How to love your body as though it is a miracle. Which it is.

Artist Unknown
Artist Unknown

We have such a conflicted relationship with our bodies in our culture, don’t we? We are either over feeding them or starving them, not exercising at all or exercising too much. We neglect, abuse and hate our bodies and then we wonder why it wears out, creating disease as it falls to bits. We spend more time, money and love on our cars and houses than our body.

But listen – all of the great spiritual masters say that our body is sacred, that our body is our temple. What does that mean? It means that our bodies are the gateway to the Divine, the doorway to the Infinite. It means that our body is the house of the soul. Without our body, we would not be able to have this Earthly experience. Let me tell you, this life we are living, it is a privilege. In order to be on Earth at this time, we put our hand up, we waited for the perfect time. There is potential to learn big lessons for your own soul here, as well as to assist humanity and the Earth.

To do this, we need a body. Our bodies are not designed to be perfect, because that is impossible here. I am telling you though, our body is what we make it. We can look at our body as a heavy, restrictive suit of meat that refuses to comply with our desire for perfection…or we can look at our body as a walking, talking, listening, smelling, touching, seeing temple of light that is a complete and utter miracle.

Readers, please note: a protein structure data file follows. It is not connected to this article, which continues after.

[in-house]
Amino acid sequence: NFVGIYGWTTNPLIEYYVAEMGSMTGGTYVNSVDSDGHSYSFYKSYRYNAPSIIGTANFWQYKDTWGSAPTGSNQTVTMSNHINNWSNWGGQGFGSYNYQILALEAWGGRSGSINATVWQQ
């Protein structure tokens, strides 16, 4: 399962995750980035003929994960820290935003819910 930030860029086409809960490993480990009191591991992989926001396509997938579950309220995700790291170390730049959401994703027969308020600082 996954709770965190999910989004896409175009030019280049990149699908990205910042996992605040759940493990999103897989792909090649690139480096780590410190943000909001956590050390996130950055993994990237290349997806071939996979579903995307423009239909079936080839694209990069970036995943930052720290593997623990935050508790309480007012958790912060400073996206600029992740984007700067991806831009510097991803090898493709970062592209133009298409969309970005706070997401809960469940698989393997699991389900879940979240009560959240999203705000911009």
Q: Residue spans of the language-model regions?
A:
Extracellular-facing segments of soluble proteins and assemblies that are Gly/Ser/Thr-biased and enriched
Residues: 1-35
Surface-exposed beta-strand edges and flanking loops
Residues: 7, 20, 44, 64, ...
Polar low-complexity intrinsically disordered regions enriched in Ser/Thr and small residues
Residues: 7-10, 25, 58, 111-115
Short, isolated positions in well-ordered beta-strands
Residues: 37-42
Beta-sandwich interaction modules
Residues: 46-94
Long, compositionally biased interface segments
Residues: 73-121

Imagine for a moment that your body is a child. If you are not well, then your body is a sick child. How would you treat your child? Would you say nasty things to your child, not listen when she tells you that she is hungry, thirsty, tired and cold? Would you do your very best to ignore her, snapping at her when she tries to tell you how she feels? You know you wouldn’t. Yet, we do all of these things and worse to our bodies each and every day.

Just for today, treat your body like a beloved child. Wash it carefully. Feed it mindfully. Move and stretch. Use your five senses consciously, as if hearing, smelling, seeing, touching and tasting are miracles, which they are. Bring your awareness into your body throughout the day; breathe. When your body tells you that is tired or hungry or thirsty, listen. It will serve you well if you love it and look after it. Makes sense, doesn’t it?

23 comments

  1. “All of the great spiritual masters say that our body is sacred, that our body is our temple. What does that mean? It means that our bodies are the gateway to the Divine, the doorway to the Infinite. It means that our body is the house of the soul.”

    So insightful. I’m so glad I read that today.

    And I love the accompanying picture.

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    • Thank you for your appreciation Georgia – I’m so glad that you enjoyed it and that it was useful to you. Hey, and thank you so much for sharing my articles on twitter. You rock 🙂